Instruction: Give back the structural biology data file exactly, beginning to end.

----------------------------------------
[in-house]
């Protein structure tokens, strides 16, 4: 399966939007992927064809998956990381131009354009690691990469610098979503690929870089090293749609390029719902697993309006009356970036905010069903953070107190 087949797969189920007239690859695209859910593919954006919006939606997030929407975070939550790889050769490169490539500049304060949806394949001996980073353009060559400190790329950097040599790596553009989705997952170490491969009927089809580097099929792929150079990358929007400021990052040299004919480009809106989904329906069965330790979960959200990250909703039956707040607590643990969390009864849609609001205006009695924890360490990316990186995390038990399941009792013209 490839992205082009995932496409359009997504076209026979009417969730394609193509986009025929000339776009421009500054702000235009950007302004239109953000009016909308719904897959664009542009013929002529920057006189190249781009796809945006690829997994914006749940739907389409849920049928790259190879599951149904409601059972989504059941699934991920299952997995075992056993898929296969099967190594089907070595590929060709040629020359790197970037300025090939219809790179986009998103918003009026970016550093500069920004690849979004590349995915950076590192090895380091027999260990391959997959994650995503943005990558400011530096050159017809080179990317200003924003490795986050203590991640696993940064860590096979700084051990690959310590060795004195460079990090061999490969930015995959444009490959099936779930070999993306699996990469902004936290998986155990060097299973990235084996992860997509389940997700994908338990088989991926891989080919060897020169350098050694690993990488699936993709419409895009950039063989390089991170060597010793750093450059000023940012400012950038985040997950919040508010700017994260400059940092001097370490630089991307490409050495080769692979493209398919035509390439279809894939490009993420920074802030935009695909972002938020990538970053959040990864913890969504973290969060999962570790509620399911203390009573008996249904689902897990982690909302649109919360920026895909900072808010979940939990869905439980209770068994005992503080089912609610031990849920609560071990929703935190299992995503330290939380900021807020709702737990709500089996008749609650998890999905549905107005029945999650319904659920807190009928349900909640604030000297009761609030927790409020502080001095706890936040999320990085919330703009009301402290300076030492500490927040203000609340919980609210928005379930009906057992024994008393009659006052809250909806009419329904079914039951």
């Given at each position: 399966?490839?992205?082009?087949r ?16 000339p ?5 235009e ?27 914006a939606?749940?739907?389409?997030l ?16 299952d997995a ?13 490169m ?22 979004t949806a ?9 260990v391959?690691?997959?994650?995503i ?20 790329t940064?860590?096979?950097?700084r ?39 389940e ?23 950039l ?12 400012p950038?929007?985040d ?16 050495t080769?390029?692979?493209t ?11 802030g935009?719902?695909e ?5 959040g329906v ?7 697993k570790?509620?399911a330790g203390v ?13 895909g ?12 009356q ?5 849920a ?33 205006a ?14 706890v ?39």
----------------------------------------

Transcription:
[in-house]
């Protein structure tokens, strides 16, 4: 399966939007992927064809998956990381131009354009690691990469610098979503690929870089090293749609390029719902697993309006009356970036905010069903953070107190 087949797969189920007239690859695209859910593919954006919006939606997030929407975070939550790889050769490169490539500049304060949806394949001996980073353009060559400190790329950097040599790596553009989705997952170490491969009927089809580097099929792929150079990358929007400021990052040299004919480009809106989904329906069965330790979960959200990250909703039956707040607590643990969390009864849609609001205006009695924890360490990316990186995390038990399941009792013209 490839992205082009995932496409359009997504076209026979009417969730394609193509986009025929000339776009421009500054702000235009950007302004239109953000009016909308719904897959664009542009013929002529920057006189190249781009796809945006690829997994914006749940739907389409849920049928790259190879599951149904409601059972989504059941699934991920299952997995075992056993898929296969099967190594089907070595590929060709040629020359790197970037300025090939219809790179986009998103918003009026970016550093500069920004690849979004590349995915950076590192090895380091027999260990391959997959994650995503943005990558400011530096050159017809080179990317200003924003490795986050203590991640696993940064860590096979700084051990690959310590060795004195460079990090061999490969930015995959444009490959099936779930070999993306699996990469902004936290998986155990060097299973990235084996992860997509389940997700994908338990088989991926891989080919060897020169350098050694690993990488699936993709419409895009950039063989390089991170060597010793750093450059000023940012400012950038985040997950919040508010700017994260400059940092001097370490630089991307490409050495080769692979493209398919035509390439279809894939490009993420920074802030935009695909972002938020990538970053959040990864913890969504973290969060999962570790509620399911203390009573008996249904689902897990982690909302649109919360920026895909900072808010979940939990869905439980209770068994005992503080089912609610031990849920609560071990929703935190299992995503330290939380900021807020709702737990709500089996008749609650998890999905549905107005029945999650319904659920807190009928349900909640604030000297009761609030927790409020502080001095706890936040999320990085919330703009009301402290300076030492500490927040203000609340919980609210928005379930009906057992024994008393009659006052809250909806009419329904079914039951």
């Given at each position: 399966?490839?992205?082009?087949r ?16 000339p ?5 235009e ?27 914006a939606?749940?739907?389409?997030l ?16 299952d997995a ?13 490169m ?22 979004t949806a ?9 260990v391959?690691?997959?994650?995503i ?20 790329t940064?860590?096979?950097?700084r ?39 389940e ?23 950039l ?12 400012p950038?929007?985040d ?16 050495t080769?390029?692979?493209t ?11 802030g935009?719902?695909e ?5 959040g329906v ?7 697993k570790?509620?399911a330790g203390v ?13 895909g ?12 009356q ?5 849920a ?33 205006a ?14 706890v ?39």